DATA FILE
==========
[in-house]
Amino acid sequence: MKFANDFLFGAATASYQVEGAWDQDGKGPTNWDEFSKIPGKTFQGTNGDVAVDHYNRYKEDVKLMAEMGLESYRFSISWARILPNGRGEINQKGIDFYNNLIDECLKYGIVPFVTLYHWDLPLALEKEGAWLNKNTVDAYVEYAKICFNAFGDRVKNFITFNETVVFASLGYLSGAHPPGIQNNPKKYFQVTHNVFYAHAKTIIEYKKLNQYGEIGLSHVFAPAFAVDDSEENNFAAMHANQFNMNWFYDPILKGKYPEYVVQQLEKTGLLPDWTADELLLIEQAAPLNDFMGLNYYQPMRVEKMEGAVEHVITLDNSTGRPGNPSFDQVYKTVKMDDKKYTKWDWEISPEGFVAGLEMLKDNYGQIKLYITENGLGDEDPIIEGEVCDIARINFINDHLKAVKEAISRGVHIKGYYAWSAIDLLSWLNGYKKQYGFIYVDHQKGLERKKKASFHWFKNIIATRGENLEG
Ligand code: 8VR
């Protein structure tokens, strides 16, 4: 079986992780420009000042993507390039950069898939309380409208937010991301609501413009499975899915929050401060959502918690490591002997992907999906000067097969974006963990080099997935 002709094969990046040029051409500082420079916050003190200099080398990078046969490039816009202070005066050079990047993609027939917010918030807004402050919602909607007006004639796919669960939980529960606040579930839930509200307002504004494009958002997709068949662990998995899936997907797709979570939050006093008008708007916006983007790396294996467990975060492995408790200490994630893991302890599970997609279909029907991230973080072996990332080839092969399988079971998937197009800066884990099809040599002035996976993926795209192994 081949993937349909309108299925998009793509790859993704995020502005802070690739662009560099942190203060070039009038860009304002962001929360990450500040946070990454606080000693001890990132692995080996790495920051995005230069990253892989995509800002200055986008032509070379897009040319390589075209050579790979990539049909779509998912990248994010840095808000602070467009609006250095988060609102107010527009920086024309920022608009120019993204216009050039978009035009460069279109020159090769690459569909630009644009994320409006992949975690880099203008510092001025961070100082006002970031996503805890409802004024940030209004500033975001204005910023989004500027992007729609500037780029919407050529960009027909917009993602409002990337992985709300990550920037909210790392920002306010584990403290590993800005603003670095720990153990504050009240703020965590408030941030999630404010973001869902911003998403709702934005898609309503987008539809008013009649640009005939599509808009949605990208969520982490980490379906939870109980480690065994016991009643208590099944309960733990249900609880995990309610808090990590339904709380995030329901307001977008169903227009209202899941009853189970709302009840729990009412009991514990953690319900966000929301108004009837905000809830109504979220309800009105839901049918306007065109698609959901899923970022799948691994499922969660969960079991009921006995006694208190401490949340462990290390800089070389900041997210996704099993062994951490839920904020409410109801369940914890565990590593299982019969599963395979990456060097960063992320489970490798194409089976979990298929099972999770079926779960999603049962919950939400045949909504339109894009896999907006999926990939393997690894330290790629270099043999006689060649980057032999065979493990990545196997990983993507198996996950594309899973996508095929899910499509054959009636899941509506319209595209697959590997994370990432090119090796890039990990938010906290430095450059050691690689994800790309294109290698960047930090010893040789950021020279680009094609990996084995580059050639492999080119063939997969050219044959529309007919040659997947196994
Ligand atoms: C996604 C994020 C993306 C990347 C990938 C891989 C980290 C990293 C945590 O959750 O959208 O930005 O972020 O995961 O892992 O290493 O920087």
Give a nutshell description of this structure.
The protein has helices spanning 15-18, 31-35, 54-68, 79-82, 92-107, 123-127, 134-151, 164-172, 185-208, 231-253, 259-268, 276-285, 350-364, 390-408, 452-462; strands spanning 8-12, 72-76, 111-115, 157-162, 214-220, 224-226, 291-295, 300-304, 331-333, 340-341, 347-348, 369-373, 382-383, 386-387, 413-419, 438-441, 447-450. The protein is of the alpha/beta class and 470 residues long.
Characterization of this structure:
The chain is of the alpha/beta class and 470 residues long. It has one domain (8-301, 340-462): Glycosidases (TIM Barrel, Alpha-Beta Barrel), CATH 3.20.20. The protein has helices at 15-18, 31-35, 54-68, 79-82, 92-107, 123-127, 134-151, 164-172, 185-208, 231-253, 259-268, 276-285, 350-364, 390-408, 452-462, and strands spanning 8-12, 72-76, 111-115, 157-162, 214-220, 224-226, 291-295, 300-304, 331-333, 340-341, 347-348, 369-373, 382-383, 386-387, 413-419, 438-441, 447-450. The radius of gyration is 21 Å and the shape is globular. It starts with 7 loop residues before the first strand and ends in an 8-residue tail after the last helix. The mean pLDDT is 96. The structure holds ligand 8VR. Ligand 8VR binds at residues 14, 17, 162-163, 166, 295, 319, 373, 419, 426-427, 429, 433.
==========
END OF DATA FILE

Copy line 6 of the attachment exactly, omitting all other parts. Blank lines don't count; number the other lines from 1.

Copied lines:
Give a nutshell description of this structure.